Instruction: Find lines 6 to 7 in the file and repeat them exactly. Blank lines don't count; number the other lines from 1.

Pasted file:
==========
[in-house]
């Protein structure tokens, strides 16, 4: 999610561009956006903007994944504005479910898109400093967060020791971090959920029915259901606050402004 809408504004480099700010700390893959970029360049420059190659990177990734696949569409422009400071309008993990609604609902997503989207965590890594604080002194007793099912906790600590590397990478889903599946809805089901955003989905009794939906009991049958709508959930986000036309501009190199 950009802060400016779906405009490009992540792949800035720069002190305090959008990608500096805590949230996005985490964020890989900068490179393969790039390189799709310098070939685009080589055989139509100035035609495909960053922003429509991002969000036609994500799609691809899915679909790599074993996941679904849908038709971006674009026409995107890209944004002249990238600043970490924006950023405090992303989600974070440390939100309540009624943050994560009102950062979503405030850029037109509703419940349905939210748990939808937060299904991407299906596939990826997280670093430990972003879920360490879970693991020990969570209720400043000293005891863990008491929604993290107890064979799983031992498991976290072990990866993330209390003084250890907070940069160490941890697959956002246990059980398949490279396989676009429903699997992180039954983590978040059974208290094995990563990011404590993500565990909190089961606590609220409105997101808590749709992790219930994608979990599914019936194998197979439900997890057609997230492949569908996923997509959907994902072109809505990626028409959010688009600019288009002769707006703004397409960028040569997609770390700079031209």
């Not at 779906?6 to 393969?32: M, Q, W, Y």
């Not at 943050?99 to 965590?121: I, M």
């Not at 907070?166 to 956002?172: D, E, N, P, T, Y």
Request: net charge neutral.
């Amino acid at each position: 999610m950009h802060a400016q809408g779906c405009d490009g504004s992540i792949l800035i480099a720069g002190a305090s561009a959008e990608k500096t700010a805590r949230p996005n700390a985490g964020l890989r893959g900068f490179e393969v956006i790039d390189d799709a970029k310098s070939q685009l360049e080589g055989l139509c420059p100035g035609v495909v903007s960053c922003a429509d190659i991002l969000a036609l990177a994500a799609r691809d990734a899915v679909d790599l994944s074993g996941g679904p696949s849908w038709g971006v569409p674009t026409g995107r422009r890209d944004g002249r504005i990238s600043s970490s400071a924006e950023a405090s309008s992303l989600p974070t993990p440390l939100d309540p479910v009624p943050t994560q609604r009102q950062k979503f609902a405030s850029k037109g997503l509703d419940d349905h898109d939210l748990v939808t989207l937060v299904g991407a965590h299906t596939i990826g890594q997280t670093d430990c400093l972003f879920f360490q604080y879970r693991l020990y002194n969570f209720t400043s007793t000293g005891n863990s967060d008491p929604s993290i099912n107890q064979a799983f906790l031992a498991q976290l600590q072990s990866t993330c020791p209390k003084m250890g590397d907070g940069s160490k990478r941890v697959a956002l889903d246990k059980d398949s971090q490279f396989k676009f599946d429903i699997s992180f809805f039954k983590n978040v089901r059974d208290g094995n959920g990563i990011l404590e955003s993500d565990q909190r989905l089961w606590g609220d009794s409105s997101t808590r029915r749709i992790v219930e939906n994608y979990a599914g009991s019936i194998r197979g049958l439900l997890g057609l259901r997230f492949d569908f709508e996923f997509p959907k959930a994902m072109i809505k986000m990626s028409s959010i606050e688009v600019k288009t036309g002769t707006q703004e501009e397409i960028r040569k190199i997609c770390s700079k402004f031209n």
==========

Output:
Request: net charge neutral.
């Amino acid at each position: 999610m950009h802060a400016q809408g779906c405009d490009g504004s992540i792949l800035i480099a720069g002190a305090s561009a959008e990608k500096t700010a805590r949230p996005n700390a985490g964020l890989r893959g900068f490179e393969v956006i790039d390189d799709a970029k310098s070939q685009l360049e080589g055989l139509c420059p100035g035609v495909v903007s960053c922003a429509d190659i991002l969000a036609l990177a994500a799609r691809d990734a899915v679909d790599l994944s074993g996941g679904p696949s849908w038709g971006v569409p674009t026409g995107r422009r890209d944004g002249r504005i990238s600043s970490s400071a924006e950023a405090s309008s992303l989600p974070t993990p440390l939100d309540p479910v009624p943050t994560q609604r009102q950062k979503f609902a405030s850029k037109g997503l509703d419940d349905h898109d939210l748990v939808t989207l937060v299904g991407a965590h299906t596939i990826g890594q997280t670093d430990c400093l972003f879920f360490q604080y879970r693991l020990y002194n969570f209720t400043s007793t000293g005891n863990s967060d008491p929604s993290i099912n107890q064979a799983f906790l031992a498991q976290l600590q072990s990866t993330c020791p209390k003084m250890g590397d907070g940069s160490k990478r941890v697959a956002l889903d246990k059980d398949s971090q490279f396989k676009f599946d429903i699997s992180f809805f039954k983590n978040v089901r059974d208290g094995n959920g990563i990011l404590e955003s993500d565990q909190r989905l089961w606590g609220d009794s409105s997101t808590r029915r749709i992790v219930e939906n994608y979990a599914g009991s019936i194998r197979g049958l439900l997890g057609l259901r997230f492949d569908f709508e996923f997509p959907k959930a994902m072109i809505k986000m990626s028409s959010i606050e688009v600019k288009t036309g002769t707006q703004e501009e397409i960028r040569k190199i997609c770390s700079k402004f031209n």